Argue for or against the following plan: The public controversy about greenhouse gases?

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argue for or against the following plan: The public controversy about greenhouse gases is too crisis-oriented and off to one side of more important issues, namely a.) the long-term more
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In general, I find myself in agreement with both Liberal and Mike. Here is a better plan:
Generally, "renewable energy generation" is a political code word for nuclear breeder reactors like reactor number 3 at Fukushima.
If you want to say wind, wave, tidal, solar, and hydro, you need to say so, otherwise the nuclear industry will end up with all but a token of the funding you are creating. Do you really think that Fukushima is economical?

As for setting aside politics for an unelected "World Energy Authority similar in some respects to the United Nations", we have already tried that, and the results were not pretty.
Historically, no such "Authority" (NAFTA, the European Economic Community, NATO, the UN) has ever remained "‘non-political’ and single-mission focused", and voters have always rejected such Authorities unless coerced.
You idea of using government subsidies to get people to use cheaper energy is misguided. Market forces naturally find the least expensive way to do things. Government subsidies prevent this from happening.
I do agree with you that "No plan could be more effective against poverty created by industrial development in very poor countries." Industrial development has certainly been the most effective way to end poverty, but even communist countries like China had to abandon their attempts to industrialize using a Dirigisme approach. Generally, these countries could not even feed their populations until they allowed local cost based decisions to override central political decisions.
As for greenhouse gases, they can be studied to death, but the result of the studies so far is that additional CO2 will not have much affect on Earth's climate.


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  • liberal_60 answered 3 years ago
    Argument against:
    The "plan" contains a remarkable and odd collection of false assumptions, impractical ideas, and anti-democratic ideas. Namely.

    False assumptions in the plan:

    The controversy about climate change is "crisis oriented." False. The crisis exists mostly in the rhetoric of the contrarians who keep shouting that the scientists of the world are creating a false crisis. In fact scientists are trying to present us with information so that we can take steps to avoid a real crisis in the future.

    The science is of climate change is "uncertain." False. The only uncertainties about climate change are in matters of degree and details. There is ample evidence of warming and man's responsibility for it. For summaries see these sites from NOAA and NASA:
    from NOAA and NASA
    Virtually every organization of scientists on the planet and every scientific publication agrees. There are only a handful of contrarians. You may wish to consider the opinion of the British Royal Society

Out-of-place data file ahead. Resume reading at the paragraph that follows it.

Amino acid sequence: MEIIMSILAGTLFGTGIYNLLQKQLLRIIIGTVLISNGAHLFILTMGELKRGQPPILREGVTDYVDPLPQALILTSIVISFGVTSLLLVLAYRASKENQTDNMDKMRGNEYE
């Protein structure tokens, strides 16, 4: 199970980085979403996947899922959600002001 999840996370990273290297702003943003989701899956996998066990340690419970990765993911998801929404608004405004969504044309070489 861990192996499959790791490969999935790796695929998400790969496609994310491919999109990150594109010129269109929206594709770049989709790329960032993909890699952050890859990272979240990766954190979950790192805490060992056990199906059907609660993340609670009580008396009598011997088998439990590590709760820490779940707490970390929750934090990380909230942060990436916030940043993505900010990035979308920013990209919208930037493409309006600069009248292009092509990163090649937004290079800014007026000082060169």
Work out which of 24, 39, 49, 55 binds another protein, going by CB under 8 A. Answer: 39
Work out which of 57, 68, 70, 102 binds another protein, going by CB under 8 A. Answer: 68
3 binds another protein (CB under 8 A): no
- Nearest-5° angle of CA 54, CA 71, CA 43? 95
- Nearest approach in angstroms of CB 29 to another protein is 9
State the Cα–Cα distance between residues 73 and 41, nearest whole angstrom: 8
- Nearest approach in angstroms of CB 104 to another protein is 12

And the opinion of the editors of Science Magazine

    Impractical Ideas in the "plan"

    Renewable energy generation is "potentially cheaper" than generation with fossil fuels.
    This is impractical except maybe in the very long run. There is no evidence that renewable energy is going to become cheap within our lifetimes.

    Put aside politics to accomplish the plan. Impractical. Politics is the process by which governments function. There is no alternative method available. We can't just join hands and sing. Elected representatives of citizens need to meet exchange ideas and goals, and reach compromise solutions. There have always been arguments among competing factions. We have mechanisms to deal with the arguments and resolve them (see U.S. Constitution and Federalist Papers #10 - James Madison).

    Anti-democratic ideas in the "plan."
    Creation of a "World Energy Authority" is probably the worst part of this "plan." The people of the world have never shown any wish to give up their control of their own countries to a world government or anything approaching a world government. A modern democratic republic with a government of elected officials and legislators is imperfect, but in a contest for "best form of government" it is far ahead of whatever is in second place.

    I suggest that the "plan" is really just a conservative stalking horse that provides an excuse to do nothing. The author of the plan knows that it would never be adopted, and should not be adopted, but it provides a good talking point -- "Those liberals want to enslave you to a world government."
    No. We don't want a world government any more than the conservatives do.
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  • Pindar answered 3 years ago
    Sounds a bit like you want the beginnings of a one world government or a 'new world order'.
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  • MIKE L answered 3 years ago
    That is a dream world . In a another World people have been brainwashed to
    believe that CO2 is bad and changes the climate.
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